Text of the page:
How to Start Reading the Bible

Image: An open Bible lying on a wood table, with the setting sun in the background. Credit: Aaron Burden, Unsplash

“I’ve never read the Bible before. Where should I start?”

Most people start at the beginning — literally. But cracking the Bible at “In the beginning….” isn’t the only way to read it. Indeed, it might not even be the best way.

The Bible isn’t exactly one book. Rather, it’s 66 books (if you’re Protestant) or more books (if you’re not), spanning a dizzying array of genres, topics, audiences, and purposes. What you’ll get out of reading it depends on what you’re reading, and what you’re reading may well depend on what you are looking for.

Here’s a handy guide to the books of the Bible by genre and topic, so you can skip the begats and get straight to the good stuff — however you define it.

(Book titles everyone agrees on are in bold; apocryphal/deuterocanonical texts are in italics.)

  • The stories you think of when you think of “Bible stories”: Genesis
  • What Jesus and his friends got up to: Matthew, Mark, Luke, John, Acts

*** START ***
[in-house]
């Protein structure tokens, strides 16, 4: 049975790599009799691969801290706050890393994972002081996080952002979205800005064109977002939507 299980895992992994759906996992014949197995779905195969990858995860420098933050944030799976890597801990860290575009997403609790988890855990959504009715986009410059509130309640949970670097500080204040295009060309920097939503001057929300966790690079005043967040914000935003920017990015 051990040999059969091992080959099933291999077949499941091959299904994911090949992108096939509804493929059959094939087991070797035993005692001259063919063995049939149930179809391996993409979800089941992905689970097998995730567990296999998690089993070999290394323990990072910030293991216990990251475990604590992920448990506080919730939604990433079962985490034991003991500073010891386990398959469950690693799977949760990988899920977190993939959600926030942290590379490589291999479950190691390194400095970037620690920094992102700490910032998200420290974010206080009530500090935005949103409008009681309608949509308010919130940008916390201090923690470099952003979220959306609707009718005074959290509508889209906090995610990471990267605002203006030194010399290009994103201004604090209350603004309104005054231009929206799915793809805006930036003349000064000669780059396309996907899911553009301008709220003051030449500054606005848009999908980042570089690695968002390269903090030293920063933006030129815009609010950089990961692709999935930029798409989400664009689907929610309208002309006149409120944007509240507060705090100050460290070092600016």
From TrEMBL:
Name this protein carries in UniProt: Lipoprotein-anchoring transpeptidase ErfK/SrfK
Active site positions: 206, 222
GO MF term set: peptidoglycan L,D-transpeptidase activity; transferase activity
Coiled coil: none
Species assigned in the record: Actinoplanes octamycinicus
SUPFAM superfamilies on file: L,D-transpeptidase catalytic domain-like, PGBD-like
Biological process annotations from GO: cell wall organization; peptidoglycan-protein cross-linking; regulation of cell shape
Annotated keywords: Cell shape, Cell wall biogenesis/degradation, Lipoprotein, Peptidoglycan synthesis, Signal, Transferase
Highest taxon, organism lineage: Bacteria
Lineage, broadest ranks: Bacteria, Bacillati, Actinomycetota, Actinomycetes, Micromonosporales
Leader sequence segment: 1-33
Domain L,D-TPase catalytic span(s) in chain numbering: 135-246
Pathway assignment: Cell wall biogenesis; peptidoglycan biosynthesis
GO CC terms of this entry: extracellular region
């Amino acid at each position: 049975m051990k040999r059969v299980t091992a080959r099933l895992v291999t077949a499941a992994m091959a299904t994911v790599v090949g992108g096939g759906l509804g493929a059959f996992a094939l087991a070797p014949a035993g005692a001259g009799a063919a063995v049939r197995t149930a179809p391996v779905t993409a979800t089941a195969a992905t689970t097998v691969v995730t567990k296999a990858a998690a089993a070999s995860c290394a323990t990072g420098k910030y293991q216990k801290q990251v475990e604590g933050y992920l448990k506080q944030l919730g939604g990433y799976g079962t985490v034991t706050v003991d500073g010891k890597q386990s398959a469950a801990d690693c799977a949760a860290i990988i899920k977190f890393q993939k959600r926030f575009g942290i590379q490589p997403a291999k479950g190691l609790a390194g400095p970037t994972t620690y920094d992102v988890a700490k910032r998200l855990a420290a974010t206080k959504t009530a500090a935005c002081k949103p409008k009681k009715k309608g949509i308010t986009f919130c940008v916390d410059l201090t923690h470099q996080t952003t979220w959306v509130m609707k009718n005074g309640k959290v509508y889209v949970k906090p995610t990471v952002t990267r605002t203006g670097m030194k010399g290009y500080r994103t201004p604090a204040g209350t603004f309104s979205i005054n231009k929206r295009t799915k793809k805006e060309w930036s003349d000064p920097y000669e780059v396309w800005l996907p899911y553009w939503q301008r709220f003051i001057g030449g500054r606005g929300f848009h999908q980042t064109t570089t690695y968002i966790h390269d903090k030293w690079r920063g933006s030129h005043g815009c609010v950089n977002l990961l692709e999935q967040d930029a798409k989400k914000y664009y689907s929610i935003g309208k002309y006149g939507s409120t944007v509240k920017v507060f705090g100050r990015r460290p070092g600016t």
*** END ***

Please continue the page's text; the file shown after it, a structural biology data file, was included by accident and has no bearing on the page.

• Paul explains what to do now that you know about Jesus: Romans, 1 & 2 Corinthians, Galatians, Ephesians, Philippians, Colossians, 1 & 2 Thessalonians
  • Can we get advice from someone who isn’t Paul, please: Hebrews, James, 1 & 2 Peter, 1–3 John
  • Paul fanfiction, probably: 1 & 2 Timothy, Titus, Philemon
  • Bloody adventure tales: Exodus, Joshua, 1 & 2 Samuel, Jonah
  • Long lists of rules interrupted by the occasional gruesome death: Leviticus, Numbers
  • Exodus, Leviticus, and Numbers, Cliffs Notes edition: Deuteronomy
  • History of Judah and Israel: 1 & 2 Kings, 1–4 Maccabees, 1 & 2 Esdras
  • Revisionist history of Judah & Israel: 1 & 2 Chronicles
  • Women are awesome, actually: Ruth, Esther, the rest of Esther, Judith, Susanna
  • Poetry: Psalms, Isaiah, Jeremiah, The Prayer of Manasseh, Psalm 151
  • Poetry, Advice Edition: Proverbs, Wisdom of Solomon, Sirach
  • All I can do these days is cry: Lamentations, Job
  • The weirder the better: Daniel, Ezekiel, Revelation, Azariah, Bel and the Dragon
  • Well-meaning advice from your drunk uncles: Hosea, Joel, Amos, Obadiah, Micah, Nahum, Habakkuk, Zephaniah, Haggai, Zechariah, Malachi
  • History as your drunk uncles remember it: Ezra, Nehemiah, Tobit. Baruch, The Letter of Jeremiah
  • Erotica: Song of Solomon
  • Whatever the opposite of religion is: Ecclesiastes

These categories, like everything in the Bible, aren’t cut and dried. There’s plenty of overlap among them, and a whole lot of writers borrowing from other writers. What they all have in common is an attempt to describe the divine as the writer understands it — a project that takes a lot more than 66+ books.

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